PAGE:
Essex class (US):
The last “true” class of battlecruisers built for the US Navy (arguably the Decatur
class of 1987 could be re-classed as battlecruisers – many in the Navy feel that sounds more appropriate than Arsenal Ship) the Essex
class represented a dramatic upscale of the type. Three; Essex, President
, and Cumberland
, were originally authorized in 1918 and all were laid down during 1920. However, changing strategic thinking within the US Navy was turning against the battlecruiser concept, leading to the decision to halt construction on the last two ships in order to re-design them as aircraft carriers. Essex
would be completed as designed and she was launched in 1922 and commissioned the following year. She carried hull number CB-9. Her former sister-ships were completed by the end of 1924 (see Thomas Jefferson
class for more information).
was 805 feet long overall, had a 95 foot beam, and a nominal draft of 31 feet. She displaced 37,119 tons normal and 38,524 tons full load. She was armed with nine 16”/45 Mk.1 guns in three three-gun turrets. The secondary battery was sixteen 6”/50 Mk.11’s – ten in casemates and six in open mounts. Eight 3”/55 Mk.8 anti-aircraft guns were carried originally but would be increased during the War of the Americas. Essex
also mounted four 21” submerged torpedo tubes – two each port and starboard – but would be the last US capital ship to carry torpedoes. A 136,105 shp (101,535 Kw) four-shaft Avondale turbo-electric system propelled the ship to 30 knots with a maximum range of 8,500 nautical miles. Armor comprised a 12” belt tapering to 8” at bow and stern, a 3” armored deck, 12” main turrets with 10” barbettes, 4” casemates, and a 12” conning tower. Normal crew complement was 1,537.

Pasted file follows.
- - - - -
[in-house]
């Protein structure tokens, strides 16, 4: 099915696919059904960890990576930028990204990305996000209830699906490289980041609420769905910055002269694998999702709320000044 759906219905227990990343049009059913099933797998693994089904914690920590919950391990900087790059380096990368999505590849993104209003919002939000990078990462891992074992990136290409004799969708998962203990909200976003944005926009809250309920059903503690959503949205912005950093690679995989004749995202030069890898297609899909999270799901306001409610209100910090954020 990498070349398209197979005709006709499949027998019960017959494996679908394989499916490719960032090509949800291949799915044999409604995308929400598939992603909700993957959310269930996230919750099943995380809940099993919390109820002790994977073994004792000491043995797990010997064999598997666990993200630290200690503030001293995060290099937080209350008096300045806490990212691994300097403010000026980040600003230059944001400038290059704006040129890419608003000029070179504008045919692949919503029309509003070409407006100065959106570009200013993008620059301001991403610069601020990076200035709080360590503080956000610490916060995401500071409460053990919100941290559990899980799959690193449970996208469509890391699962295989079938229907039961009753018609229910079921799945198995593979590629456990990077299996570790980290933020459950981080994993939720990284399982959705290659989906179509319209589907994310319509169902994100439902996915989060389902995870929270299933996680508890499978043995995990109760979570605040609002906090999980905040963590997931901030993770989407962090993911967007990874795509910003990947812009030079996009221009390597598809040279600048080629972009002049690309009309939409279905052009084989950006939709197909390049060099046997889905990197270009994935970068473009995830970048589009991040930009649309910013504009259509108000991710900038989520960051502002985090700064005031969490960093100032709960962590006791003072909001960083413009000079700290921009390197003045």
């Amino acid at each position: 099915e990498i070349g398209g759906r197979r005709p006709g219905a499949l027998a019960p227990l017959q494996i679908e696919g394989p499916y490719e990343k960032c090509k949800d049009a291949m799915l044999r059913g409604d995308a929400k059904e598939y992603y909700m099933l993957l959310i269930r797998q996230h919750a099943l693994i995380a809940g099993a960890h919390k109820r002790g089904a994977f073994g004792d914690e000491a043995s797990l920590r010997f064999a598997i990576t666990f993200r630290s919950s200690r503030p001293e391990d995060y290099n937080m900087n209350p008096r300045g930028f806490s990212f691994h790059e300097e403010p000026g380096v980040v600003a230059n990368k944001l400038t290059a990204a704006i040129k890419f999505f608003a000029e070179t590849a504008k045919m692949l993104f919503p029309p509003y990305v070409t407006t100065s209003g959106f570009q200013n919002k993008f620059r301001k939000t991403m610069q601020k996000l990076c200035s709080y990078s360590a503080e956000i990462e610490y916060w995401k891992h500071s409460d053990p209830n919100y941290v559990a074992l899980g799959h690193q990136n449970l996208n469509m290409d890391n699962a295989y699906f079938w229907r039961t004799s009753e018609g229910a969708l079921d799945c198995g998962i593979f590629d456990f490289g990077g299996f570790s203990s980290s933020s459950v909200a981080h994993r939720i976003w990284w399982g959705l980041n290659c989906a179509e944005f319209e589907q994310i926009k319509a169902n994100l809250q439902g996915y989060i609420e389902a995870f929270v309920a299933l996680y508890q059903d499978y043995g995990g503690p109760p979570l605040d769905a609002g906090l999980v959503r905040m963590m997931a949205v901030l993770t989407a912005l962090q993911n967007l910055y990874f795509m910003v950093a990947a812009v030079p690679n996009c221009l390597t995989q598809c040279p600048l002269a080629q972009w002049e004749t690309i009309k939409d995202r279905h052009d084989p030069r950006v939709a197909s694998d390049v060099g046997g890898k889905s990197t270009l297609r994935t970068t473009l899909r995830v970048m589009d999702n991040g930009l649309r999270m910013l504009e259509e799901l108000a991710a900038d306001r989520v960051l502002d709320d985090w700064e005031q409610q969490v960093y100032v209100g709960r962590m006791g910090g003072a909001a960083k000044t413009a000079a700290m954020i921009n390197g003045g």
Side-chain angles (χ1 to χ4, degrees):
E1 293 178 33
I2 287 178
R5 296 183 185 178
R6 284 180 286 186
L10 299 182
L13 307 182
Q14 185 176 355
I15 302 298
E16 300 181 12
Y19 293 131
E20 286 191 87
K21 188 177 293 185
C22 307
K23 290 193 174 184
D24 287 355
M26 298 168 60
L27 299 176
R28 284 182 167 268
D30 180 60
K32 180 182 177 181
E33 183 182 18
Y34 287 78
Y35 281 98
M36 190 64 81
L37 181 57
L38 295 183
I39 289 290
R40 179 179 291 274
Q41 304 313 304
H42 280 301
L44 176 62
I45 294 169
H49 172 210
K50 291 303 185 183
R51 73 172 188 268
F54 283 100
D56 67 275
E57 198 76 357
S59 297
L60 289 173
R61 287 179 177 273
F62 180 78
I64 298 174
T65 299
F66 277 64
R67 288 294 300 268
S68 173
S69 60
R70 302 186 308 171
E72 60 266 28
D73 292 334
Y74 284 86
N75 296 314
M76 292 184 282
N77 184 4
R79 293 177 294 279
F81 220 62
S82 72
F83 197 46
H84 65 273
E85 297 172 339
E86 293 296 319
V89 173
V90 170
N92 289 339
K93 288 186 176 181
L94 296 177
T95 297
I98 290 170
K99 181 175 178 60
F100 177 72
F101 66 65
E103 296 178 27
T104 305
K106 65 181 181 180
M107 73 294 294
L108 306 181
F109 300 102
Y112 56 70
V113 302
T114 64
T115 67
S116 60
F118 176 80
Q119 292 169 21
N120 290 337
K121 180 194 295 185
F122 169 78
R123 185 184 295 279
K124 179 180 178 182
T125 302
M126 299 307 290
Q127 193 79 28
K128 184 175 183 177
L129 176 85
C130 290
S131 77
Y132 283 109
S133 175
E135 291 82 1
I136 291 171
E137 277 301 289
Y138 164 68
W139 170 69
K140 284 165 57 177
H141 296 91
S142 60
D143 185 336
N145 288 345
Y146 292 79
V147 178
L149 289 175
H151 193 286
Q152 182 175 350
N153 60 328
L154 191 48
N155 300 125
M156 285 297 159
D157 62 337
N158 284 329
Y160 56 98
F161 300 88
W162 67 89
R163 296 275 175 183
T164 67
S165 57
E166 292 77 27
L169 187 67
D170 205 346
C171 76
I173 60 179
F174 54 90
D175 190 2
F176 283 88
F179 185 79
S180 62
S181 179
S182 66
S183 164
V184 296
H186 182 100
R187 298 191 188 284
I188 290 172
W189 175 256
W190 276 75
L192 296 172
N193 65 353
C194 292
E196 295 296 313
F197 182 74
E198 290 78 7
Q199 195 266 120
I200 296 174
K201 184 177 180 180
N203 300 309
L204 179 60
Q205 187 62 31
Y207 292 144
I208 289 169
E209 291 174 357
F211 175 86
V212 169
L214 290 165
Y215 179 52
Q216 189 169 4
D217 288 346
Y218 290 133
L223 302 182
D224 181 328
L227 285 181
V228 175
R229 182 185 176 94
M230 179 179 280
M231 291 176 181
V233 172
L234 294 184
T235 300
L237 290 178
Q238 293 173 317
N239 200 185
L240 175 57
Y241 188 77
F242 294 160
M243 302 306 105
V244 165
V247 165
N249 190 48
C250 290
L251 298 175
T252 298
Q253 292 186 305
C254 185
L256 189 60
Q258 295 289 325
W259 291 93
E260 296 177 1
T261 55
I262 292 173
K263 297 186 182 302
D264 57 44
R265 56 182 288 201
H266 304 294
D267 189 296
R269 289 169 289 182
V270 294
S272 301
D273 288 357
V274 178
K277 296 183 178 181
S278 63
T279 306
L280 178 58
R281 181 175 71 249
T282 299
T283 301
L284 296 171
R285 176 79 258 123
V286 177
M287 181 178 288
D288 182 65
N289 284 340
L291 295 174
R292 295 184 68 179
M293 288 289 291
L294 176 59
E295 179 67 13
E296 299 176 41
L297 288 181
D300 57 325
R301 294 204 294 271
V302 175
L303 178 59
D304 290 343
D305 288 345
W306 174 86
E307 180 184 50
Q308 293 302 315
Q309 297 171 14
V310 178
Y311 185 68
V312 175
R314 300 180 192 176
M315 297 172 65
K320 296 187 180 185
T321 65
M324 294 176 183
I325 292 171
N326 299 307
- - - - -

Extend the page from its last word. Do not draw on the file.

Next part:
In the nearly three years following her commissioning, Essex
served as flagship for Second Battlecruiser Division and saw only limited combat. In June of 1926, however, she was assigned to the US Combined Fleet which was tasked with destroying the remaining CS ships based in the Philippines. On June 26th, 1926, Second Battlecruiser encountered the CS Navy’s First Scout Squadron led by CSS Surigao Strait
. After a lucky hit at extreme range destroyed Essex’s
Number 3 boiler room preventing her from reaching the rest of the US fleet the two evenly matched ships entered into one of history’s only one on one battlecruiser duels. After only a half hour the two ships’ accurate fire had pounded the other into a flaming wreck. As survivors abandoned ship the rest of First Scout Squadron caught up with the pair of disabled battlecruisers and Veracruz’s
Captain, Cyrus Vought (in temporary command), ordered both ships torpedoed. Essex
quickly sank by the stern – too quickly by some witness’ estimation – which lent credence to the US crews’ claims that they scuttled the ship before the torpedoes struck. This controversy continued to be debated until the wreck of the Essex
was discovered in 2016 about 17 nautical miles off the coast of Luzon at a depth of about 400 feet. A survey of the wreck concluded that the ship was in the process of being scuttled when the torpedoes struck and only hastened the sinking. The wreck site has since been designated as a war grave by the US and further visits are prohibited without special permission from the US Navy.
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